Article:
I’m the lead developer at SemiColin Games in Somerville, Massachusetts.
Previously at Google, reCAPTCHA, & Carnegie Mellon.

@mcmillen @mcmillen

email colin at mcmillen dot dev

Check out my blog, resumé, & publications.

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Currently playing: Splatoon 3, Death Stranding, and Divinity: Original Sin 2.
Sometimes I stream on Twitch!

Twitch FamiColin

Steam FamiColin

PlayStation robomancer

Nintendo Switch SW-1906-3662-4308


  • My Erdős number is 3 (Paul Erdős → Noga Alon → Manuel Blum → me).

  • I proposed to my spouse in obfuscated Perl, which got illustrated in PHD Comics.

News Articles

A selection of news articles & books in which I’ve been featured or quoted:

  • Google veterans: The company has become “unrecognizable”
    Jennifer Elias, CNBC, 2019-12-31.

    Nine-year veteran Colin McMillen told CNBC that he left Google early this year without another job because he felt couldn’t be a part of the organization anymore, citing Dragonfly, transparency and Google leadership’s “poor handling” of crises over the last year.

  • Inside Google’s Civil War
    Beth Kowitt, Fortune, 2019-05-17.

    Inside the Googleplex, the fuel that fed the walkout had been collecting for months. Tensions had been on the rise as employees clashed with management over allegations of controversial business decisions made in secret, treatment of marginalized groups of employees, and harassment and trolling of workers on the company’s internal platforms. “It’s the U.S. culture war playing out at micro-scale,” says Colin McMillen, an engineer who left the company in February.

  • Even Random Paint Splatters Can Be Valid Computer Code (If You’re Using Perl)
    Andrew Liszewski, Gizmodo, 2019-04-09.

    The notoriously messy programming language can sometimes resemble something like a Jackson Pollock painting, but a software engineer and former Googler named Colin McMillen decided to take Archibald’s idea and run with it. McMillen discovered that when random paint splatters were processed by OCR software, it resulted in valid Perl code 93 percent of the time.

  • Google Employees Uncover Ongoing Work on Censored China Search
    Ryan Gallagher, The Intercept, 2019-03-04.

    Colin McMillen, who worked as a software engineer at Google for nine years, quit the company in early February. He told The Intercept that he had been concerned about Dragonfly and other “ethically dubious” decisions, such as Google’s multimillion-dollar severance packages for executives accused of sexual harassment.

  • Google Urged the U.S. to Limit Protection for Activist Workers
    Josh Eidelson, Hassan Kanu, & Mark Bergen, Bloomberg, 2019-01-24.

    If the Labor Board did what Google wanted, “it would have a huge chilling effect,” said Google employee activist Colin McMillen. Google’s employee email system played a pivotal role in the organizing for [the Google Walkout], he said. Given that employees are spread around the globe and don’t have most co-workers’ personal emails, company email is key to facilitating workers’ ability to mobilize.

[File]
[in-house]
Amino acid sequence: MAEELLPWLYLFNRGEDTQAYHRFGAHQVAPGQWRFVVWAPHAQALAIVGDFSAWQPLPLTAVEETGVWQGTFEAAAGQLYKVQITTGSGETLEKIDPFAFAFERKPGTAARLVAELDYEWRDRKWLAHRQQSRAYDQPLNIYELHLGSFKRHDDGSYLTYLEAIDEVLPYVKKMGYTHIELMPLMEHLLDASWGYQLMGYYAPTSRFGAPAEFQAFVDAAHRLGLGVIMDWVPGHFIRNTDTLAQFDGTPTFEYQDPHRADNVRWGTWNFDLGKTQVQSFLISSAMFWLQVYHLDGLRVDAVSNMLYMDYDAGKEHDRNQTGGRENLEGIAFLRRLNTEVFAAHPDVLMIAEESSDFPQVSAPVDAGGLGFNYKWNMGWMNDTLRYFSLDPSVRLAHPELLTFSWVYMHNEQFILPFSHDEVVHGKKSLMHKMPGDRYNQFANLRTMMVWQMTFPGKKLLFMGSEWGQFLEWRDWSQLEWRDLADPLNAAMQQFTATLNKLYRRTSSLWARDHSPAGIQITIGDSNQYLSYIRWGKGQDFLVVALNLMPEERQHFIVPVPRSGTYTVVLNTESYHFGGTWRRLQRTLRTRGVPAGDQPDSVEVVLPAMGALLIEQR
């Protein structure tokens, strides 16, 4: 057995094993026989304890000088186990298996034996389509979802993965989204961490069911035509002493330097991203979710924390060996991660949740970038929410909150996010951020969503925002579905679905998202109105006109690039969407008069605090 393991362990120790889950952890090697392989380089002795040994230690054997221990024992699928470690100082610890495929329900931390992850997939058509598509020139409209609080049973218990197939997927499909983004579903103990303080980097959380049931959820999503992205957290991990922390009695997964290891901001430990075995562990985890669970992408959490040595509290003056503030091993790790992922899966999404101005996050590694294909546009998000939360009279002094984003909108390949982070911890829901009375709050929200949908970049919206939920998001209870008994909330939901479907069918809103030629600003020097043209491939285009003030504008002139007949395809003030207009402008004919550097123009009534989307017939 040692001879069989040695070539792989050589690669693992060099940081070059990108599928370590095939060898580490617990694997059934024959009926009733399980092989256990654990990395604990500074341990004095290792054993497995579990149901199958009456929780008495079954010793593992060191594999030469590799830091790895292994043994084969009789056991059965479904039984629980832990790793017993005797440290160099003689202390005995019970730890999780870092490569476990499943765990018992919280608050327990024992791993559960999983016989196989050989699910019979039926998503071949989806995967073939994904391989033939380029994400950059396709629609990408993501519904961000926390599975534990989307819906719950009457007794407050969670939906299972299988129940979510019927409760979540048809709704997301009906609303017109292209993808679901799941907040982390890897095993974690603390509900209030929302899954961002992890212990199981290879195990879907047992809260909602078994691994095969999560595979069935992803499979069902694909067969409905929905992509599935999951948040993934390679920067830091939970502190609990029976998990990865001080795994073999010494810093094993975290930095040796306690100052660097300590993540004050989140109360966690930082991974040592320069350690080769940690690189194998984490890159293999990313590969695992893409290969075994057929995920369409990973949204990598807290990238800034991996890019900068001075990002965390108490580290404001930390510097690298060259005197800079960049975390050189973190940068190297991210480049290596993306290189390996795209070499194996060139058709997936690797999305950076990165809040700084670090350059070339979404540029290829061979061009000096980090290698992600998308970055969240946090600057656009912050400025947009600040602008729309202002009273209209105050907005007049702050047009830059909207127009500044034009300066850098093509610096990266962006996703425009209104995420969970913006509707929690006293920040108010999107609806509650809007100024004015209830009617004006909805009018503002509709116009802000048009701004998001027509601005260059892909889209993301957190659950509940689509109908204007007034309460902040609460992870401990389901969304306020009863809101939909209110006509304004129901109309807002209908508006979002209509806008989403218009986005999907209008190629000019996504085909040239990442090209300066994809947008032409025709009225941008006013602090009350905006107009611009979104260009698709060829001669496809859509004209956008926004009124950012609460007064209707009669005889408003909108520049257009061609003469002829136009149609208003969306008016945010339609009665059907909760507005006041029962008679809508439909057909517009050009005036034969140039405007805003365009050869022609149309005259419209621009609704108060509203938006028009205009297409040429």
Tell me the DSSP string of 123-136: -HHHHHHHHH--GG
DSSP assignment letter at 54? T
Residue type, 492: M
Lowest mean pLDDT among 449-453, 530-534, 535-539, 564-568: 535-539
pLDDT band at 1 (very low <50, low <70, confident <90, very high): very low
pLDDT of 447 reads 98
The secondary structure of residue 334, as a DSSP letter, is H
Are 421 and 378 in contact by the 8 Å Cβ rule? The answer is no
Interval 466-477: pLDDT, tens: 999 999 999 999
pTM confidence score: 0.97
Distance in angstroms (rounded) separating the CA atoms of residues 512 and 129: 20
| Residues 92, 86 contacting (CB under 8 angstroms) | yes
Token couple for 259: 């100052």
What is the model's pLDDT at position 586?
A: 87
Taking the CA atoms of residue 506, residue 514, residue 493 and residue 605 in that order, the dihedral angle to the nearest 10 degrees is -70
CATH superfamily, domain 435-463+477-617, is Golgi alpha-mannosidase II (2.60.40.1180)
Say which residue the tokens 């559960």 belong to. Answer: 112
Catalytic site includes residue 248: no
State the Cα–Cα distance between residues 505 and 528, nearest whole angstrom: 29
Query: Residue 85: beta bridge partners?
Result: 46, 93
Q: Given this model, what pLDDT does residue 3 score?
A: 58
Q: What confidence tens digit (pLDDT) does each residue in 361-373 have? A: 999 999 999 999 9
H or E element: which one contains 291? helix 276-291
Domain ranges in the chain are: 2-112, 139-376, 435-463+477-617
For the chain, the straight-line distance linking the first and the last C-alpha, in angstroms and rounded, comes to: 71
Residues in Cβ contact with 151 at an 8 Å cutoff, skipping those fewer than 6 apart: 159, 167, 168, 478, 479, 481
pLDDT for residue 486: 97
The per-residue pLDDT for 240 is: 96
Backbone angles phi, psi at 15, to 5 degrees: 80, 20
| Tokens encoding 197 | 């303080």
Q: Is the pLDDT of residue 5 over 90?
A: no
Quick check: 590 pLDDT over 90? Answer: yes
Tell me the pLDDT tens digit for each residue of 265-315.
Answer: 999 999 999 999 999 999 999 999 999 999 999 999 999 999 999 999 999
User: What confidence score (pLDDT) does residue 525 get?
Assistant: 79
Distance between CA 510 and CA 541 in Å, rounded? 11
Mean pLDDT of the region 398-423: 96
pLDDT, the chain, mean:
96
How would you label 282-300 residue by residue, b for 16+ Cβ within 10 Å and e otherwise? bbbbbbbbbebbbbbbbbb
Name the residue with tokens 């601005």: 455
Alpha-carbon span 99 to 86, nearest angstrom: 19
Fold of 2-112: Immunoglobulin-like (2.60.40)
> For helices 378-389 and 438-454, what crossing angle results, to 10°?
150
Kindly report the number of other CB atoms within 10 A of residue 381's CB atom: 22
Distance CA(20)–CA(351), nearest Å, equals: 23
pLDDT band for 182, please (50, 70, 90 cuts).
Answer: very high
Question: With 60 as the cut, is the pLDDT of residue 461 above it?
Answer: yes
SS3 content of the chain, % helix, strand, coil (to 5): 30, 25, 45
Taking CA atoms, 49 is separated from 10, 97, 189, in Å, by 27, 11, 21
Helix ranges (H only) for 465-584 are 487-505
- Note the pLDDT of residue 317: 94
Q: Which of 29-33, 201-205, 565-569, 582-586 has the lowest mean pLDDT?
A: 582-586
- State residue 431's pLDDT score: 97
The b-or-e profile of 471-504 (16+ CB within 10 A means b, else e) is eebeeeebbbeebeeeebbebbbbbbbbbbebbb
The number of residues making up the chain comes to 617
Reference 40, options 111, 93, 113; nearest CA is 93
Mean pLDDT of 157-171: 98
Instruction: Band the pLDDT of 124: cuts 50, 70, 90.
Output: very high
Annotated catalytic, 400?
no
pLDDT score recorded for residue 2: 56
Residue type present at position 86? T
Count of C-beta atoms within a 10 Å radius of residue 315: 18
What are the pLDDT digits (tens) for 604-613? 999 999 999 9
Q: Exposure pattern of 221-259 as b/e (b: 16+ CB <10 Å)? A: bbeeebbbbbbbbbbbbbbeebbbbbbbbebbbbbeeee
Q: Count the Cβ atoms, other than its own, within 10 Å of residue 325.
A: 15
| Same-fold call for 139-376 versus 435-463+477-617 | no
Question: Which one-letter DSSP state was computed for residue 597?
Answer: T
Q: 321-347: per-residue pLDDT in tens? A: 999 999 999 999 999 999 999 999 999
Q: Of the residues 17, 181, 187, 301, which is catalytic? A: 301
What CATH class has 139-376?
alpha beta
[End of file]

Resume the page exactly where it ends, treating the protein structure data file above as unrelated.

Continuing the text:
• The Dirty War Over Diversity Inside Google
    Nitasha Tiku, Wired, 2018-01-26.

    Engineer Colin McMillen says the tactics have unnerved diversity advocates and chilled internal discussion. “Now it’s like basically anything you say about yourself may end up getting leaked to score political points in a lawsuit. I have to be very careful about choosing my words because of the low-grade threat of doxing. But let’s face it, I’m not visibly queer or trans or non-white and a lot of these people are keying off their own white supremacy.”

    “Things are open to debate internally at Google, including decisions of the CEO, and people don’t get in trouble for that. That’s generally a good thing for the culture,” McMillen said. “HR and leadership don’t police these sort of discussions, and generally that’s a good thing. But they also have a blind spot that means they don’t know the person posting this comment has posted it 100 times.”

  • How Google Works
    Eric Schmidt & Jonathan Rosenberg, 2014-09-23.

    In October 2010, a couple of Google engineers named Colin McMillen and Jonathan Feinberg launched an internal site called Memegen, which lets Googlers create memes — pithy captions matched to images — and vote on each other’s creations. Memegen created a new way for Googlers to have fun while commenting acerbically on the state of the company. It has succeeded wildly on both fronts. In the fine tradition of Tom Lehrer and Jon Stewart, Memegen can be very funny while cutting to the heart of controversies within the company.

  • Google adopts CMU reCAPTCHA creation
    Jennifer Tharp, The Tartan, 2009-10-12.

    “Our goal with accuracy is to produce a digital file that is better than a professional human transcriber. To achieve this, we need to combine the output of OCR software with the human answers from reCAPTCHA and decide, for each word, what the correct spelling of the word should be,” said Colin McMillen, a full-time programmer for reCAPTCHA.

    See also: Teaching computers to read: Google acquires reCAPTCHA

  • DMCA Protection at U.S. Border
    Brad King, Wired, 2002-02-14.

    Colin McMillen, a computer science major at the University of Minnesota, ordered a coder’s cable from Lik-Sang that would synch his now-defunct Sega Dreamcast with his PC. The wire, which is not manufactured by Sega, would allow him to write programs for the gaming console.

    After two weeks, he hadn’t received his shipment so he e-mailed the United Parcel Service. A representative informed him the package had been stopped at the request of the U.S. Customs Service because its contents violated the 1998 DMCA.